Margaret Bremond Rice lived quietly with her ever more prosper-
ous husband, active in the various church and women's organiza-
tions and "benefits" of the time.

In 1863, Margaret Bremond Rice fell desperately ill, possibly of
the dreaded yellow fever that remained the scourge of hot, mosquito-
ridden summers. She died on August 13, 1863, only thirty-one.
Characteristically, Rice showed littie outward emotion, but there
must have been the natural reaction of depression and the tendency to



Chapter One 11

withdraw as he struggled with the grief of his loss. In the fall of 1863,
he left Frederick in charge and moved some of his operations to the
Mexican cotton and shipping center of Matamoros, where the Rio
Grande flows on into the Gulf of Mexico. There, and in Monterrey,
capital of Nuevo Leon, he was in a chaotic yet profitable market
where gold was the medium of exchange and cotton could bring a
dollar a pound.

These travels, of which little is known, took Rice much farther
afield, to Havana. He did not return to Houston until August 1865,
months after the final surrender at Appomattox. A note in William
Marsh Rice's own handwriting states succinctly: "The war broke up
my business." Before credit collapsed in the Gulf Coast area and, for
that matter, throughout the Confederacy, the William M. Rice
Company was sold in Houston at public auction. Its founder then
expanded the substantial banking connections he had already estab-
lished in New York City.

Early in 1866, Rice bought his parents a new home at Three Rivers,
just north of Springfield, and told them of his plans to spend more
and more time in the East, specifically in New York City and in New
Jersey's nearby suburban Middlesex County. It was both a true and a
significant disclosure. Rice would retain his close ties with Houston
for the remainder of his life, while expanding the activities leading to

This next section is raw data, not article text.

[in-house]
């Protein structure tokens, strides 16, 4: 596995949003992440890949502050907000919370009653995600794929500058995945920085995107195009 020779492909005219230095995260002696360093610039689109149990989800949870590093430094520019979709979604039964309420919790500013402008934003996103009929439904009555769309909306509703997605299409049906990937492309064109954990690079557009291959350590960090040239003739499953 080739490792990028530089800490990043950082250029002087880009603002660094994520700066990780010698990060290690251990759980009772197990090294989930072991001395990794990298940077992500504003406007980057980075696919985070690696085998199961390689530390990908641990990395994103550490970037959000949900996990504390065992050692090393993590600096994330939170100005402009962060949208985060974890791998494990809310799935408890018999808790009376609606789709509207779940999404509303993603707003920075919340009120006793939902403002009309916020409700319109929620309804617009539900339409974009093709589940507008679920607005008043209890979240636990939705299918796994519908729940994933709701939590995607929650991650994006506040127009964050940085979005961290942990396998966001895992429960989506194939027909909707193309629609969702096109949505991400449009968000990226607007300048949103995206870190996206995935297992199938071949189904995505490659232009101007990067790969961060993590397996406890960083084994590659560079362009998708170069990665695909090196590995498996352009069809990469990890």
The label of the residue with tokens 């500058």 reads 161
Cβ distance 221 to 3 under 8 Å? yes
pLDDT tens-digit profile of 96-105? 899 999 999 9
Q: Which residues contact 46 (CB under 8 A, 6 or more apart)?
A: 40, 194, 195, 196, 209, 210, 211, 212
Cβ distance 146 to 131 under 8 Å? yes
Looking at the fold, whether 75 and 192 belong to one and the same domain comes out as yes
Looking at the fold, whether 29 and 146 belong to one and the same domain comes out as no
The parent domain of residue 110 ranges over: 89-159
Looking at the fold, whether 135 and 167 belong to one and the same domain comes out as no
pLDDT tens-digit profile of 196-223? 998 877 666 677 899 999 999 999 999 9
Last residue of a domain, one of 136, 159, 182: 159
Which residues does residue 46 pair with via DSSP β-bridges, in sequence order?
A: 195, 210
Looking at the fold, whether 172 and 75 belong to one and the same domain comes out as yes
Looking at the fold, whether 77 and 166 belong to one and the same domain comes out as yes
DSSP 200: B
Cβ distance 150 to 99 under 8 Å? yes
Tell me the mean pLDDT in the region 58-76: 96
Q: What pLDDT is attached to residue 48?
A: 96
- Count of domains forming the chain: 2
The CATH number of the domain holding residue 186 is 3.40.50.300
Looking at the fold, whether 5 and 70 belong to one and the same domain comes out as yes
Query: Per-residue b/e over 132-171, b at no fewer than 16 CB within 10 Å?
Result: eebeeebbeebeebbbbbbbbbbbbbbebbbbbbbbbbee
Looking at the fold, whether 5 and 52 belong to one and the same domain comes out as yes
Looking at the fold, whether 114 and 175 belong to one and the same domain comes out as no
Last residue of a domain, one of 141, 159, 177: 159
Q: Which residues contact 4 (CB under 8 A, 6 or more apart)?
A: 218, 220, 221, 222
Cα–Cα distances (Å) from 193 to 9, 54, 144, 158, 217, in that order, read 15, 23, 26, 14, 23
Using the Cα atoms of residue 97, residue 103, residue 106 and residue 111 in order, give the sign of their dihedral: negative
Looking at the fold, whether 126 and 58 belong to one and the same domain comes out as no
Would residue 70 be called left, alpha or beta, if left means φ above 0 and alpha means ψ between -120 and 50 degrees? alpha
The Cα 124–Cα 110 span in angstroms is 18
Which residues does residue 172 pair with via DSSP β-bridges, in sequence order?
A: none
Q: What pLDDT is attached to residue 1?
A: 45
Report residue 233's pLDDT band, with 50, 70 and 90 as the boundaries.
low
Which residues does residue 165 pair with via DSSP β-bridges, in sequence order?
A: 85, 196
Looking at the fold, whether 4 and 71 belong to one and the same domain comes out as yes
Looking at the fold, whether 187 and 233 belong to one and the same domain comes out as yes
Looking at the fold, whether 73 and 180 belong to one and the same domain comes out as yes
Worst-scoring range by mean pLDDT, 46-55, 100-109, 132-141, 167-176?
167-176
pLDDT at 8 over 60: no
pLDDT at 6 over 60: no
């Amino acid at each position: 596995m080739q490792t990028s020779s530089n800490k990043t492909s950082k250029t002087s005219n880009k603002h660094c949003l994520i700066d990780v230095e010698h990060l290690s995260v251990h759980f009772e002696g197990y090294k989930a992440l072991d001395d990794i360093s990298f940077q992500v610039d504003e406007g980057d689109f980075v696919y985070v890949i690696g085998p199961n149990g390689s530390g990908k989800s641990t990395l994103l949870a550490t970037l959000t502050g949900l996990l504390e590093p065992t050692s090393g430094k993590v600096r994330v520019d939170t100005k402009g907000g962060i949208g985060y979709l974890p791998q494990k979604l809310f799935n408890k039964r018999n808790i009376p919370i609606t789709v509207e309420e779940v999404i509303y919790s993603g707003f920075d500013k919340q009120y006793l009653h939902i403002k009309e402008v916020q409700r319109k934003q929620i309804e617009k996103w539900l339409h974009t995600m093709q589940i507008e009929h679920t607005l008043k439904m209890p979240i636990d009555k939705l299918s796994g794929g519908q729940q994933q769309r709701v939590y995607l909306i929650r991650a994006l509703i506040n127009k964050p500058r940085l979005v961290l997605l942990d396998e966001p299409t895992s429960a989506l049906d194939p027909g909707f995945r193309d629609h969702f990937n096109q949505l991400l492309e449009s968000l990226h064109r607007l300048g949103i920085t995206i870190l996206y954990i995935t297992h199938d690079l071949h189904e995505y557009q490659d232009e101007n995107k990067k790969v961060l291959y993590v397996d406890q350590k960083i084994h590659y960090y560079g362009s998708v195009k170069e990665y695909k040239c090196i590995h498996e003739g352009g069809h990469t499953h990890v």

the chartering and eventual opening of the Rice Institute. But he was
destined never to live again in the elegant house where Margaret
Bremond Rice died. In spite of continuing and new businesses and
major investments in Houston, from that time on. Rice would only
infrequently visit the city.

On June 26, 1867, William Marsh Rice took as his second wife
(Julia) Elizabeth Baldwin Brown. There remain conflicting reports
regarding Elizabeth (Libbie) Baldwin Rice, variously described as a
tall, handsome woman "... of wondrous eyes . . . always happiest
when doing for others . . . ," and as an unhappy, ambitious social
climber. There are no doubts, however, regarding the exact wording
and potential impact of her final will, signed on June 1, 1896, and
probated soon after her death on July 24, less than two months later.

Elizabeth Baldwin Rice has remained a woman of some mystery.
Few, if any, knew her well. Her innermost feelings or ambitions were



12 William Ward Watkin and the Rice Institute

apparently never disclosed to Rice, although the meager record of
their relationship shows no evidence of his ever having treated her
with anything but marked kindness. One would suspect that the
impecunious years with her first husband, the "unremarkable" John
H. Brown, followed by a return to Houston as an impoverished
widow employed as a housekeeper, left her with almost a compulsion
to gain the high social position held by her older sister Charlotte (Mrs.
Frederick Rice), or her aunt, Mrs. A.C. Allen.

In a new marriage and lifestyle, William Marsh and Libbie Rice
lived in New York City hotel suites and apartments half of the year
before removing to Houston to stay with the Frederick Rices or with
Margaret Bremond's sister Harriet and her husband Samuel Timpson.
They travelled to the metropolis and returned from there in a
luxurious new drawing room and "Pullman Palace" accommodations
on the Houston & Central Texas. Rice had helped to negotiate an
agreement with the major railroads running north and east, which
allowed Houston-New York City passengers to travel with only a
single transfer, which was made in St. Louis.

By 1895, she and William Marsh Rice were listed for the first time